Semiconductor IP News and Trends Blog
Top 10 Ways to Outwit an IP Spy
To catch an IP thief, you must think like one. CEO Ted Miracco tells us 10 ways to protect semiconductor IP.
By John Blyler, Editor – IP Insider
During his keynote at the last IP REUSE conference, Ted Miracco, CEO of SmartFlow Compliance Solutions, said the best way to safeguard one’s intellectual property (IP) was to think like a spy. If you’re conjuring up images of romance, intrigue and things blowing up, then you have the wrong idea.
Most spies are very inconspicuous and rather unassuming. They really don’t want to be detected but do want to establish trust and gain access. Most spies don’t act alone or on impulse but are guided by an outside contact on what kind of information to collect. Once obtained, the information is analyzed and new data objectives are given by the contact. It is a very methodical and requirements-driven process, explained Miracco.
He provided a ten-point list that U.S. and European companies can use to protect them themselves from such spies and the subsequent theft of IP:
- Don’t use pirated software. It’s often laden with malware that, once installed, can spread out and open your entire network to various vulnerabilities. Plus it’s ethically wrong as many talented people and companies have spent a lot of time and effort creating the software.
- Protect your network. This isn’t easy as networks have so many areas that are vulnerable to attack. As cliché as it may seem, having a strong password is your first and best defense. Also, try to avoid using USB sticks to input data and files into your networked-based PC. Check out the videos of Kevin MitNick, the world’s most famous hacker, if you want to see how easy it is to gain complete access to a computer network with a USB stick.
- Remember that protection is over-rated. This may seem like a contradiction to the above comment on the need for a strong password, but it isn’t. Most IT budgets get spend on protection but any network can be hacked. Thus, detection and the countermeasures must be given as much attention as protection.
- Humans are the weakest link. No matter how much time and money you spend on technology, the weakest link is the human one. People can be surprisingly gullible. If the incentive seems attractive, people will click a link. And don’t be afraid to question why someone wants access to the network. Don’t just assume someone has the authority without double-checking with your supervisor.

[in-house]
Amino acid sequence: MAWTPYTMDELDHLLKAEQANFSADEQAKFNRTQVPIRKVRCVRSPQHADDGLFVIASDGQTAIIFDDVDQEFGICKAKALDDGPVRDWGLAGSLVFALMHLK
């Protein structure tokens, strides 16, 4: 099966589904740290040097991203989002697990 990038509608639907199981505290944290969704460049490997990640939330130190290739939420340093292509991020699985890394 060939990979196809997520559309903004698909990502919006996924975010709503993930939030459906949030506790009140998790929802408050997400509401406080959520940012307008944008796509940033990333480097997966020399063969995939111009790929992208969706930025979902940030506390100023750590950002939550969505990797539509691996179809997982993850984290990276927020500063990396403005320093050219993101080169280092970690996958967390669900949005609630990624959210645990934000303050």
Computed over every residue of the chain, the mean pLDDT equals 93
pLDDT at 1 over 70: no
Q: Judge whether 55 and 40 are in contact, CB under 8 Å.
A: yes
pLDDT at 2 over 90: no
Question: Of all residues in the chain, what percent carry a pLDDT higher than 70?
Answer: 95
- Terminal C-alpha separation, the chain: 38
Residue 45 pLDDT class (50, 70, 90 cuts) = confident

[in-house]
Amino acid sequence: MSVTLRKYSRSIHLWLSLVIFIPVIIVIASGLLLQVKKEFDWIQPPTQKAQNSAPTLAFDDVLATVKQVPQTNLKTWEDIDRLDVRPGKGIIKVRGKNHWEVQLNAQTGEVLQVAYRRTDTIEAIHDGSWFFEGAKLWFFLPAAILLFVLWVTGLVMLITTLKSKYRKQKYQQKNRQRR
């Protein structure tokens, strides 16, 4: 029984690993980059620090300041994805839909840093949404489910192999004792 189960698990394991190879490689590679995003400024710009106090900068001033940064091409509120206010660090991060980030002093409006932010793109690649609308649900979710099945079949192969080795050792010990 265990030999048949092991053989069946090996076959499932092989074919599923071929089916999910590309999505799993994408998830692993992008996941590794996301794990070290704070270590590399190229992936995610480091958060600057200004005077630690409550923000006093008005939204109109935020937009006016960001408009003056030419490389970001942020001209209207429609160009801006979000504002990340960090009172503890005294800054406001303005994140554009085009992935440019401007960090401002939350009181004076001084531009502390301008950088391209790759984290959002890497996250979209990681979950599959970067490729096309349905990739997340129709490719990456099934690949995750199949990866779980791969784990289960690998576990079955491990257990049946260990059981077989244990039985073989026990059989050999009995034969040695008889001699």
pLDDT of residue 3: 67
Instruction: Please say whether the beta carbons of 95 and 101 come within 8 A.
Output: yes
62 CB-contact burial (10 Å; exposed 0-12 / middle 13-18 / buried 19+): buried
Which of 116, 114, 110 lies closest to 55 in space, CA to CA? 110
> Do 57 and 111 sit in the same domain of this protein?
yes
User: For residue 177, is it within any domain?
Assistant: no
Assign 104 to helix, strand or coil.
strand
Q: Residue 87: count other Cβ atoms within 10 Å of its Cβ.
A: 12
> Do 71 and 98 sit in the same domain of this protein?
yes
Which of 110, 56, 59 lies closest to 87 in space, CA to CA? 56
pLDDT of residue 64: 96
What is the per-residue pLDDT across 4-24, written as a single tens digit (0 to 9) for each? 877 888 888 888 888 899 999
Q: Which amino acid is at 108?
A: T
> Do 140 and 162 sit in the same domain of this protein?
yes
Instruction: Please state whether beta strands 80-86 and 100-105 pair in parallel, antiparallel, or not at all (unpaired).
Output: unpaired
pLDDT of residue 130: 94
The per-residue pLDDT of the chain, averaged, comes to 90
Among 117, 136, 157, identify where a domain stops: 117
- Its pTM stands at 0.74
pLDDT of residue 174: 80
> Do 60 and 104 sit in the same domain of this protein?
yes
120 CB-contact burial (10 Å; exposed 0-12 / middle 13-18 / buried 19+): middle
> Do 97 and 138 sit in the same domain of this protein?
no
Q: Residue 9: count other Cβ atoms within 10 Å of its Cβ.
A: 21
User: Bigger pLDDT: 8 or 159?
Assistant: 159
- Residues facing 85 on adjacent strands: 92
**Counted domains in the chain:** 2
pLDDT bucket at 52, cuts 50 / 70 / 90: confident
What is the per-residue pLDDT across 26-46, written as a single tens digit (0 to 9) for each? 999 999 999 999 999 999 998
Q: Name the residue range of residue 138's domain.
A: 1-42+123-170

- Use strong license agreements. Contracts are important. I think we over trust some of the customers. Often, there aren’t very strong incentives to comply with contracts. Also, negotiate the jurisdiction for disputes. The courts in the US are going to be far more open to you in the US.
- Leave digital fingerprints everywhere (for later forensic data analysis). If/when your IP is infringed, you’ll need to have evidence to prove it, e.g., tracking downloads, access system logs, monitor deliverables, track updates, etc. Also, configure your IP with license managers. Make sure you record when clients agree with the license agreement in the license registry. Use tags wherever possible.
- Use tools like the Chip DNA Analysis. The capability to fingerprint your IP, document it and perform analysis on the fingerprint as needed is critical for IP protection.
- Provide awareness training for all employees. People don’t realize how much IP piracy is really taking place. Companies should create a strong “awareness” culture within their organization to encourage employee’s behavior to challenge someone who as access to data, information, the network, etc.
- Hack your own organization. Remember the famous Motorola hack back in the days of the flip-phone. A hacker wanted to prove how easy it was to access critical data at Motorola in Arlington Heights. He followed up on an “out-of-office” message from a key Motorola engineer, which instructed him to contact an administrator. The hacker called the administrator and asked for all the software on the Star-Tac flip phone. The administrator complied. This was an instance of penetration testing. It still happens with alarming frequency. So rather than wait around for somebody to hack you and steal your IP, pay somebody to do it and learn from the experience.
- Work with foundries, which are a key to stopping semiconductor IP theft. In our industry, there are only a few foundries left, through which all IP has to flow in order to build chips. The US semiconductor manufacturers could play a much more prominent role in actually examining the DNA of the IP being used in all of their activities.
In closing, Miracco emphasized that IP is definitely worth protecting. All of us make our living off of IP. There is now better time to get serious about IP protection, especially with the semiconductor industry in the cross-hairs of countries like China and other nation states. Don’t wait for the US government to help. It’s not going to happen. It’s up to us!